The speaking of new languages, you have all experienced during your time here. I’m not talking necessarily about the foreign languages you all learn as part of your study, though they are certainly part of this, too. At the beginning of each course, you have learned vocabulary and terminology important to your professions, to say things in a more precise, more profound way. Your discourse with those of your profession has become more powerful. Your challenge is to engage in the discourse, to speak the new language to those who will hear it, especially those who need to hear it. Engage the world as a professional, as a caring and well-trained professional, but don’t forget that your language should be nuanced by the ministry you have undertaken under the watchful eyes of the faculty and staff of this institution, in the spirit of Ignatius of Loyola. To many, the language you speak will be very new yet also very familiar at the same time. They’ll know soon enough that they are in the presence of a master in whatever discipline you have chosen to pursue.
The picking up of serpents, and the drinking of deadly things -- children in the audience, please don’t take this literally. Graduates, in your education, you have learned how to interact with the world, and especially the dangerous elements of it, in a knowledgeable and safe way. This is part of a well-rounded education. There are dangerous, yet powerful machines out there, and technology that can either do miraculous things for -- or horrific things against -- humanity. There are risky places where you must use all of your cunning and skill to avoid harm. But with your training, the risk is worth it. Do not be afraid to go into the dangerous places, those places where your trained hands are needed most, and do what you have been taught to do. For that is where I am needed most. That is where you are needed most.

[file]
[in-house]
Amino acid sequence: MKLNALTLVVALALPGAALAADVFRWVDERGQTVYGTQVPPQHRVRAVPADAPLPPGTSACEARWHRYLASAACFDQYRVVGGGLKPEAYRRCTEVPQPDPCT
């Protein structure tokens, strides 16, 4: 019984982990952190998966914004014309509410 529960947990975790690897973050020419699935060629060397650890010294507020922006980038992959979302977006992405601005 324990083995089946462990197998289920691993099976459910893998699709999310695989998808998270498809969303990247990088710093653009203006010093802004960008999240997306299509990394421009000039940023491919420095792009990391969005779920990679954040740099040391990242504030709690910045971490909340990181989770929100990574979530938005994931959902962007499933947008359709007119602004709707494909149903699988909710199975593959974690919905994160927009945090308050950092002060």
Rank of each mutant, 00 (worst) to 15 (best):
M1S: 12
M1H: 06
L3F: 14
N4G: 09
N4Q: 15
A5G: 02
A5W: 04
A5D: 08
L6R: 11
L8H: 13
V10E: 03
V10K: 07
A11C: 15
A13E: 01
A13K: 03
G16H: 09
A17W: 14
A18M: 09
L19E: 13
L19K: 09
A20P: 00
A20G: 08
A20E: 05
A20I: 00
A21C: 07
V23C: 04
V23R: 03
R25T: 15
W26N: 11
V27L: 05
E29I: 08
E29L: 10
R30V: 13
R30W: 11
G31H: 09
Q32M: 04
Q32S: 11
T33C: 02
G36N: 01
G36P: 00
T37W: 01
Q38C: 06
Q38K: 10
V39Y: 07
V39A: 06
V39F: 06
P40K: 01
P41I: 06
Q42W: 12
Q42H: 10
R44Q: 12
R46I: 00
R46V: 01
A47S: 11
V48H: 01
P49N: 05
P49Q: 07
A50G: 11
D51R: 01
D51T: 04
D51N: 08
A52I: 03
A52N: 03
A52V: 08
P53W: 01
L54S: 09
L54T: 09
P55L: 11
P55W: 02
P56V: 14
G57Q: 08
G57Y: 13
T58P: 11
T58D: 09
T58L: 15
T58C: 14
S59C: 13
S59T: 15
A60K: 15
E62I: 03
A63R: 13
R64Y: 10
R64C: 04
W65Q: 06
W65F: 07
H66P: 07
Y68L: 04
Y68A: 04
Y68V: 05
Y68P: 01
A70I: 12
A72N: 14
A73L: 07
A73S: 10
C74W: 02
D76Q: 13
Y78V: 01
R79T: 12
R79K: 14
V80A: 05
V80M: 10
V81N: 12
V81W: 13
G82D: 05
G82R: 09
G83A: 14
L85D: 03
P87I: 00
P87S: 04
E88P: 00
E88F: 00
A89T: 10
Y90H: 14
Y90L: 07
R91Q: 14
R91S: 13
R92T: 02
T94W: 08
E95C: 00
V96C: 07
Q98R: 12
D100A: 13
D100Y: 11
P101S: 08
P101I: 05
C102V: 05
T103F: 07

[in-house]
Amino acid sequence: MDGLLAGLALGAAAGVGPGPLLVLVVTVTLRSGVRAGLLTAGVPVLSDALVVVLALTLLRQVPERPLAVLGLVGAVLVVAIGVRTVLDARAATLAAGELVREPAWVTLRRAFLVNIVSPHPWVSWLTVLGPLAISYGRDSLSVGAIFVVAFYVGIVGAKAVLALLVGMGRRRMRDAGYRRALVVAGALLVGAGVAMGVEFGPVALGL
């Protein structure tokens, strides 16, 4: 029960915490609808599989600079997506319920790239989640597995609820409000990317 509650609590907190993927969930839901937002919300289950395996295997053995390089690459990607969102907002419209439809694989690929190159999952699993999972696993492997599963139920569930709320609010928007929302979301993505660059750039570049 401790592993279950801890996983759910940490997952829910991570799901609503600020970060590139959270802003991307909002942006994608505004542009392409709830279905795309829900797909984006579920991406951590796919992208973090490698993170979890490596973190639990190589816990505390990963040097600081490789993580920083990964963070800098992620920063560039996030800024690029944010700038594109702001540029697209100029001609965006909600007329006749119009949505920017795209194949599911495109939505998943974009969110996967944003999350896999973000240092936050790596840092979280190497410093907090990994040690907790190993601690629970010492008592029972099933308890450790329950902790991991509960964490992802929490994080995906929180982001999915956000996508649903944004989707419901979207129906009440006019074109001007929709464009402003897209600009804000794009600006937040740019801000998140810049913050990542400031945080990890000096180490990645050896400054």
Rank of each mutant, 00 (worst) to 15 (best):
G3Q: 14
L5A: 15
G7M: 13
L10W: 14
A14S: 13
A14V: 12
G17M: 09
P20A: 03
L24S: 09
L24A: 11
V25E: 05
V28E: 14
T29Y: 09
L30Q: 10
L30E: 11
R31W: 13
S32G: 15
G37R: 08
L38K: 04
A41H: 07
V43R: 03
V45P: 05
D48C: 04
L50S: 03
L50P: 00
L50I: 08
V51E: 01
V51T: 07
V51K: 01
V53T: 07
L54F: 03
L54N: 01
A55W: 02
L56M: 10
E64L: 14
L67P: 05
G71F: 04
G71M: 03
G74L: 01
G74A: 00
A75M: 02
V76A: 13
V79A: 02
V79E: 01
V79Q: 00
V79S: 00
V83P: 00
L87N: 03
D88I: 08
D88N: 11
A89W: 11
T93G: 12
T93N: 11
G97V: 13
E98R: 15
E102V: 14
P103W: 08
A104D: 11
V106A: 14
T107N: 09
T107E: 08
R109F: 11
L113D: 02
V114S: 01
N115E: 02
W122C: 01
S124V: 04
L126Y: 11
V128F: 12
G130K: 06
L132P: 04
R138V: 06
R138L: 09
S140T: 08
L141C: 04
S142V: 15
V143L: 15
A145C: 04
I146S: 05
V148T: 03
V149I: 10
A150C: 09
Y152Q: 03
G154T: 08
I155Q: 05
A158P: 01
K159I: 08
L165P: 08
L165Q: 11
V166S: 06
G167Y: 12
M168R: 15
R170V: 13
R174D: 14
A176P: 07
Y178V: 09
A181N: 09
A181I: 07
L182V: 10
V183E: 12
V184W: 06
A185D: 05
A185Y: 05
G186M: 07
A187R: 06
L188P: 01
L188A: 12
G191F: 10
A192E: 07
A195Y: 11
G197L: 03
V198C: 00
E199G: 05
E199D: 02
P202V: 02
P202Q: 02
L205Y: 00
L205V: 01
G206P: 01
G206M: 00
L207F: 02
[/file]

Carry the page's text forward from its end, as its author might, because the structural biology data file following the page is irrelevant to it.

And finally, the laying on of hands for the healing of the sick. You have here, I know, schools of Medicine, Dentistry, Nursing, Pharmacy, Physical Therapy, and Occupational Therapy. For all of you, the results of your efforts are direct. Most of the people with whom you will work will get better, and you will see it happen. Blessed are you!
But how about the rest of you? How about you biologists, you lawyers, you accountants, you musicians, you sociologists, you philosophers, just to name a few. How about all of the rest of you? Never forget that the laying on of hands, which is nothing more than applying your professions in a sacred way, a healing way, is always THE way, to minister to those hearts and souls with whom you have been entrusted. It may mean lower profits, or less prestige, or a few less possessions, but it also means that you are an agent of healing, a Christian trained in the mold of Ignatius of Loyola, and that sets you apart.
So I see my transport is here; this cloud forming above me is no accident. Some good men and women, from among your faculty, staff, students, and administrators, will stay around to answer your questions about some of the things I have spoken about today. They are the ones in the white robes. Wave to everyone. There you go! I encourage you to talk with one another, to be travellers together on your road to Emmaus.
I wish you all my peace, and not so much success in the future, as I wish that you all may continue to grow in heart, mind, and soul to serve your brother and sister in whatever capacity you have been taught here. And to that, I say, farewell.”
Now that’s a Commencement ceremony I would like to see. Maybe I just did.